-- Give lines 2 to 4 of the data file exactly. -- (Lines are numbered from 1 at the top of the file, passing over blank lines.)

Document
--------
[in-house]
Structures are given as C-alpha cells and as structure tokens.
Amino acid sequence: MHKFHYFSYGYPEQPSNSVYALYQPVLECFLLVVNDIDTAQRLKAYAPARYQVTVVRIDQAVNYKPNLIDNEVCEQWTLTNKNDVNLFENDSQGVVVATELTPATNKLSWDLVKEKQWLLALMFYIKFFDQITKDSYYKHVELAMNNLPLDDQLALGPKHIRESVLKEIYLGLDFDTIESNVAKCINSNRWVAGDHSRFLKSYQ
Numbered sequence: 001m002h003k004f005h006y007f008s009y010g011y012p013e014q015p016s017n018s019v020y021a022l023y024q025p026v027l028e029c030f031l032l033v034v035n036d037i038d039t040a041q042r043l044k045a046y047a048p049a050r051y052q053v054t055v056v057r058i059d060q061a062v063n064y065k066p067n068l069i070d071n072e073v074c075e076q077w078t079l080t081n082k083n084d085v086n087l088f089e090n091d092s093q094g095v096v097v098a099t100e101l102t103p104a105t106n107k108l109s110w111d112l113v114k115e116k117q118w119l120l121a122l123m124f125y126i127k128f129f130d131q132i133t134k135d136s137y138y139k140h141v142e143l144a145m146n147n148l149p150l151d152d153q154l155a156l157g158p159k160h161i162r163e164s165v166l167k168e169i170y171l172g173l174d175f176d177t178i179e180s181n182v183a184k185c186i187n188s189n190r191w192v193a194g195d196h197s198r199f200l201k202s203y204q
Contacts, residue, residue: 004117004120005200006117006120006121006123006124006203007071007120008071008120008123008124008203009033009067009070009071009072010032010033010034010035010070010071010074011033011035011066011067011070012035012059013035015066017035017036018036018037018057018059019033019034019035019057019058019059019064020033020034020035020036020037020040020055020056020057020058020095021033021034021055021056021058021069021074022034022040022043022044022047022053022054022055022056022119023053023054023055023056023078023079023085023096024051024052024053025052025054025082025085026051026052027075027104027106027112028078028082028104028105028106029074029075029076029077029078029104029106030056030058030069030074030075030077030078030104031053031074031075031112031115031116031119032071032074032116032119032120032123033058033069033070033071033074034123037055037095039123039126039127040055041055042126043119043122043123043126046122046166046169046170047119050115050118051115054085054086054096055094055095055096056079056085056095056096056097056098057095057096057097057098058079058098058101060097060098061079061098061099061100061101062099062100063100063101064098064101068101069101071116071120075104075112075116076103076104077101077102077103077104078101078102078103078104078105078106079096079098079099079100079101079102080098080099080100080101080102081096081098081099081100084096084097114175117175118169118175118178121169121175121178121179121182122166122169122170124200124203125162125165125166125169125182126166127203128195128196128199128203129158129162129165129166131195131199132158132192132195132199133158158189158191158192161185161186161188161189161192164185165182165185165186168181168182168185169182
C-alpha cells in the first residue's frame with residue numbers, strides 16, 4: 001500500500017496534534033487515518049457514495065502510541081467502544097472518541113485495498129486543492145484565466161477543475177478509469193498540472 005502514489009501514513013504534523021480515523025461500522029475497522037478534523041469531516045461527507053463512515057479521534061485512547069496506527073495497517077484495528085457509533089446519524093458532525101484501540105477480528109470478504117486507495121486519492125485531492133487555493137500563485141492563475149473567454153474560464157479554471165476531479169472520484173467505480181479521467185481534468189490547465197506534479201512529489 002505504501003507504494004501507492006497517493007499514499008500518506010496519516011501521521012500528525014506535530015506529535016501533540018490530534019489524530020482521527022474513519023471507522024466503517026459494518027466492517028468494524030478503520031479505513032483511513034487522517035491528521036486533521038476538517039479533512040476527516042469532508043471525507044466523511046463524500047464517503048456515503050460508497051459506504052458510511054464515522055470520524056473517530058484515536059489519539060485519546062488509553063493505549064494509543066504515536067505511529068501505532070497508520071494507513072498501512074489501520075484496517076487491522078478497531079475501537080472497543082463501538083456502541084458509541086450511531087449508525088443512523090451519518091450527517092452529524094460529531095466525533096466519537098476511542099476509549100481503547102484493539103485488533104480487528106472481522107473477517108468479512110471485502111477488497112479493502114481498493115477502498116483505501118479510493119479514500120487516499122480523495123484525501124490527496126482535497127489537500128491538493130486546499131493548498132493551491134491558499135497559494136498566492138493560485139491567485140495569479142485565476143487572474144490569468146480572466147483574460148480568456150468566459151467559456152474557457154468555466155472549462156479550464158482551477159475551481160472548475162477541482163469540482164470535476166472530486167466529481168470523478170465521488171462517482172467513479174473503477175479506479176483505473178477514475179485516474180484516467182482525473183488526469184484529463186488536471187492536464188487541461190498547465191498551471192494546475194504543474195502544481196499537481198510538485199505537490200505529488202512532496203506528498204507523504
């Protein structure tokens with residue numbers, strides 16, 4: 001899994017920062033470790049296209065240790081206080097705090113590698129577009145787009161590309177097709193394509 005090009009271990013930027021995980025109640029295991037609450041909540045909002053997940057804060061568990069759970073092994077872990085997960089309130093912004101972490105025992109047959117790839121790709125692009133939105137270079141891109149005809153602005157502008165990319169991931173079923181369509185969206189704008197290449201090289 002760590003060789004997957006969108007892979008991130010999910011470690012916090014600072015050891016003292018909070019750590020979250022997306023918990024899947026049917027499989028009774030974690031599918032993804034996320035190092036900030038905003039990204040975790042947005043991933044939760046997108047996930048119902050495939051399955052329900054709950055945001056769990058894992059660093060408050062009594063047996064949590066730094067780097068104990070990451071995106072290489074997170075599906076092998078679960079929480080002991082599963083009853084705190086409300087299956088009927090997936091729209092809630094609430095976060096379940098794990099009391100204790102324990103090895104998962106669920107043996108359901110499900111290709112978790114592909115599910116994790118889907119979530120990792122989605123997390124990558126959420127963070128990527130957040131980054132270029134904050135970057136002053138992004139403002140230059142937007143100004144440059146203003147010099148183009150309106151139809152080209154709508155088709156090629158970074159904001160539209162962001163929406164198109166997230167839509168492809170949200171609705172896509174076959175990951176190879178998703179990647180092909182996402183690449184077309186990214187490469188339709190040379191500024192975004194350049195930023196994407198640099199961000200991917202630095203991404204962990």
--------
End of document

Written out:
Structures are given as C-alpha cells and as structure tokens.
Amino acid sequence: MHKFHYFSYGYPEQPSNSVYALYQPVLECFLLVVNDIDTAQRLKAYAPARYQVTVVRIDQAVNYKPNLIDNEVCEQWTLTNKNDVNLFENDSQGVVVATELTPATNKLSWDLVKEKQWLLALMFYIKFFDQITKDSYYKHVELAMNNLPLDDQLALGPKHIRESVLKEIYLGLDFDTIESNVAKCINSNRWVAGDHSRFLKSYQ
Numbered sequence: 001m002h003k004f005h006y007f008s009y010g011y012p013e014q015p016s017n018s019v020y021a022l023y024q025p026v027l028e029c030f031l032l033v034v035n036d037i038d039t040a041q042r043l044k045a046y047a048p049a050r051y052q053v054t055v056v057r058i059d060q061a062v063n064y065k066p067n068l069i070d071n072e073v074c075e076q077w078t079l080t081n082k083n084d085v086n087l088f089e090n091d092s093q094g095v096v097v098a099t100e101l102t103p104a105t106n107k108l109s110w111d112l113v114k115e116k117q118w119l120l121a122l123m124f125y126i127k128f129f130d131q132i133t134k135d136s137y138y139k140h141v142e143l144a145m146n147n148l149p150l151d152d153q154l155a156l157g158p159k160h161i162r163e164s165v166l167k168e169i170y171l172g173l174d175f176d177t178i179e180s181n182v183a184k185c186i187n188s189n190r191w192v193a194g195d196h197s198r199f200l201k202s203y204q